Ga direct naar de inhoud.

The flock

The ‘flock’ as well

 May 28th 2016. In the province of Antwerp Belgium were the following races:

  • 3 Races from Quievrain 120 km. Old, yearlings, youngsters.
  • 3 Races from Noyon 220 km. Old, yearlings, youngsters.
  • Two races from Souppes 380 km. Old and yearlings.
  • Two races from Bourges 500 km. Old and yearlings NATIONAL
  • Two races from Limoges 620 km. Old and yearlings NATIONAL.

All this on the same day. The result is that there were local races with an entry of 16 birds only. Furthermore one should know that from long distance races such as Bourges one can enter birds regional, provincial, National. All this is exaggerated of course, or should I say killing the sport? Bourges was the BIG race of course.


Both National races were pretty hard. Kind of misty weather, warm and headwinds. The race from Bourges lasted 2 hours, the race from Limoges even till early morning the next day. From Bourges this meant that 2 hours after the first bird only one third was home, or… that 26,000 birds were NOT home then. Both races lasted far too long and this was reason for some to talk about ‘lucky races’ and lucky winners. Of course they were not. After 7 hours flying with headwinds pigeons do not arrive above the loft by accident. How fanciers think about a race often depends on how good or bad their result was.


Those who had a good result will talk about a nice and fair race. Those who had a poor result will talk about an irregular strange race. Of course a race is not normal when after 2 hours only one third is home. I do not deny there are lucky races, but races from 600 kms in warm weather and headwinds cannot be called ‘lucky races’. Moreover, many first nominated birds were on top of the result sheets, as well as many well-known names.


Again the fanciers who live in the centre of the country dominated Bourges. Those who lived in Flanders (so in the West) had no chance. Strange. This would have been normal if there was an Eastern wind, but the wind was north, so right ahead. The direction of the wind was not absolutely not to blame for the defeat of the fanciers in the West (Flanders). In the South of Holland there was a semi national race from Issoudun (about 550 km) on the same day. There the prizes were nicely divided, there the fanciers in the west even had more than their share. How come?

There is only one ecplanation: The flock, or the mass of the birds. In Belgium the great majority is entered by fanciers who live central, in South Holland fanciers in the west, the middle and the east entered about the same amount of birds.


The influence of the ‘flock’ on the race results should not be under estimated. In Belgium at short distance they are often the same areas where the birds make the highest speed and the races are finished sooner than elsewhere. These are the areas where still many fanciers race and big amounts of birds are entered. For example in the Berlaar area. The wind influences the birds on their way home, but the ‘flock’ as well.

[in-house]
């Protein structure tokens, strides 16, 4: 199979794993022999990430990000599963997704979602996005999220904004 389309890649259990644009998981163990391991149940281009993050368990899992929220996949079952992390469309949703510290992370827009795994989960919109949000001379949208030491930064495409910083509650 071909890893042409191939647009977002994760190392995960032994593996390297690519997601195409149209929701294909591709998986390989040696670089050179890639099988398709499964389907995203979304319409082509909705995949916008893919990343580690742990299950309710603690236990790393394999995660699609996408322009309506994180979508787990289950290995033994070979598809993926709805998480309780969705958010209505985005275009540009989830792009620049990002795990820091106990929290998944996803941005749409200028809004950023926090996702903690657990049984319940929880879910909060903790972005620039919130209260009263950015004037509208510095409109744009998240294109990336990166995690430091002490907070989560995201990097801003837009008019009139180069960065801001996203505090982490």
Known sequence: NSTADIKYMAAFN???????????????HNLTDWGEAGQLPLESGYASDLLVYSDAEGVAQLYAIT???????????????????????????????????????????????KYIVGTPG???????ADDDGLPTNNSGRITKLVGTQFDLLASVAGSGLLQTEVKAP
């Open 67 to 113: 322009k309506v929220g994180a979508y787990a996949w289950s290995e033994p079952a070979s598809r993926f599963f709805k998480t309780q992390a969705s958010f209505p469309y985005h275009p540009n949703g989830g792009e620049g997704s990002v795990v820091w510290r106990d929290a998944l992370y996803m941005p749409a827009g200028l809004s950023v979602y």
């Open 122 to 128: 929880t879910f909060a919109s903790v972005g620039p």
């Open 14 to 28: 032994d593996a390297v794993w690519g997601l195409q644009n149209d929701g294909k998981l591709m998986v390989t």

The fanciers in the north of Belgium also performed poorly from Bourges. And for this there is an explanation as well. As I said, the wind was north on May 28th. And normally the wind increases during the day. In France where the birds were released, there was hardly any wind, but during the day it increased and therefore the last kilometres were the hardest. The opposite is also true of course. Therefore the fanciers who race at the greatest distance are advantaged with tailwinds.


I remember that race from National Orleans, the BIG race in Holland. The speed of the birds was high and my result was fantastic. The best of ALL Holland. Since I race in the ‘fore fly’, at one of the shortest distances, eyebrows were raised. How could I perform so well in a race with such a high speed? Didn’t I always say that with tailwinds with a high speed the fanciers who race at the shortest distance had no chance? Those were my words indeed, but this day was different. Unlike other days the wind did not increase that day, on the contrary. In France it was windy, but where I live there was hardly any wind. So the birds of the fanciers that live farther than me could not possibly maintain the same speed as they made in France. And such circumstances (tailwinds but no wind in the final kilometres) are ideal when you race at the shortest distance.


Let’s get back to the influence of the ‘flock’. It is pure hypothetical but anyway. Suppose the Dutch organise a race from Brussels, 100 km south, and only the fanciers who live far west (near the North Sea) and who live far East (near the German border) participate. And suppose the fanciers who live west enter 15,000 birds and those who live East enter 150 birds only while the wind is neutral. I daresay those in the East will not win a prize. Because after the release all birds will fly westward, those from the fanciers East as well. Their birds are supposed to split and leave the others, directly after the release. But in practise this will not happen.


I myself attended several releases. And what do you see then? All birds disappear north, in the same direction. This direction is where the majority of the birds belongs. The MAJORITY, so not all. Initially the birds of the fanciers that live west or east also fly north, with the others, and… this will their course be wrong from the very beginning. They should leave the mass, the sooner the better. As I often say: Races with equal chances for any one hardly exist. That fancier from the Far East that asked me if pigeons from Flanders have become so bad after he saw the national result from Bourges does not understand at all.